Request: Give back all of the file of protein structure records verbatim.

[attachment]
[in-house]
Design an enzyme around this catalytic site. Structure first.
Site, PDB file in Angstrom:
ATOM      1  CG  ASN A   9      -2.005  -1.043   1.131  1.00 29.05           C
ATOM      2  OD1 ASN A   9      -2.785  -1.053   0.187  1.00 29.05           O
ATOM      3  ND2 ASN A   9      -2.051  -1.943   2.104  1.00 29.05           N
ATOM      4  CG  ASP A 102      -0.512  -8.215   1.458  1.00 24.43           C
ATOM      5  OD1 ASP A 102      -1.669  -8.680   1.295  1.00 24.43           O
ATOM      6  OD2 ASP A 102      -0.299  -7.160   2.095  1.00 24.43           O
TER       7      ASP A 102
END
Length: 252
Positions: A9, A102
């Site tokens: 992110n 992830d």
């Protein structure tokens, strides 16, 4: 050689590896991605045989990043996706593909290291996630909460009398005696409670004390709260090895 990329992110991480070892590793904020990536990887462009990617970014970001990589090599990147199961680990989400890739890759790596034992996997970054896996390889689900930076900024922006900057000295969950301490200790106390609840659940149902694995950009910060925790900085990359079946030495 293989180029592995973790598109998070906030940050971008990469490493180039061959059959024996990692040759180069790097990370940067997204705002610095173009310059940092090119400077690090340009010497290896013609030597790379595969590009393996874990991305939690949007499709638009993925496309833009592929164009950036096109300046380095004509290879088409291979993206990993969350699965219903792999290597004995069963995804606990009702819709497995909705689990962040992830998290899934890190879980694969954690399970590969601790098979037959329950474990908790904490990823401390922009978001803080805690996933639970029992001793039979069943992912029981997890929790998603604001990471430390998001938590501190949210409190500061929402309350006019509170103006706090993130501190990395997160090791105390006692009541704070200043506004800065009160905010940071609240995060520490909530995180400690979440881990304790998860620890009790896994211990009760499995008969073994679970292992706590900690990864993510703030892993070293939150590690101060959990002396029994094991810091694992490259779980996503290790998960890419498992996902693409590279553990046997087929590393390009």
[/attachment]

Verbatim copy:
[in-house]
Design an enzyme around this catalytic site. Structure first.
Site, PDB file in Angstrom:
ATOM      1  CG  ASN A   9      -2.005  -1.043   1.131  1.00 29.05           C
ATOM      2  OD1 ASN A   9      -2.785  -1.053   0.187  1.00 29.05           O
ATOM      3  ND2 ASN A   9      -2.051  -1.943   2.104  1.00 29.05           N
ATOM      4  CG  ASP A 102      -0.512  -8.215   1.458  1.00 24.43           C
ATOM      5  OD1 ASP A 102      -1.669  -8.680   1.295  1.00 24.43           O
ATOM      6  OD2 ASP A 102      -0.299  -7.160   2.095  1.00 24.43           O
TER       7      ASP A 102
END
Length: 252
Positions: A9, A102
């Site tokens: 992110n 992830d």
């Protein structure tokens, strides 16, 4: 050689590896991605045989990043996706593909290291996630909460009398005696409670004390709260090895 990329992110991480070892590793904020990536990887462009990617970014970001990589090599990147199961680990989400890739890759790596034992996997970054896996390889689900930076900024922006900057000295969950301490200790106390609840659940149902694995950009910060925790900085990359079946030495 293989180029592995973790598109998070906030940050971008990469490493180039061959059959024996990692040759180069790097990370940067997204705002610095173009310059940092090119400077690090340009010497290896013609030597790379595969590009393996874990991305939690949007499709638009993925496309833009592929164009950036096109300046380095004509290879088409291979993206990993969350699965219903792999290597004995069963995804606990009702819709497995909705689990962040992830998290899934890190879980694969954690399970590969601790098979037959329950474990908790904490990823401390922009978001803080805690996933639970029992001793039979069943992912029981997890929790998603604001990471430390998001938590501190949210409190500061929402309350006019509170103006706090993130501190990395997160090791105390006692009541704070200043506004800065009160905010940071609240995060520490909530995180400690979440881990304790998860620890009790896994211990009760499995008969073994679970292992706590900690990864993510703030892993070293939150590690101060959990002396029994094991810091694992490259779980996503290790998960890419498992996902693409590279553990046997087929590393390009």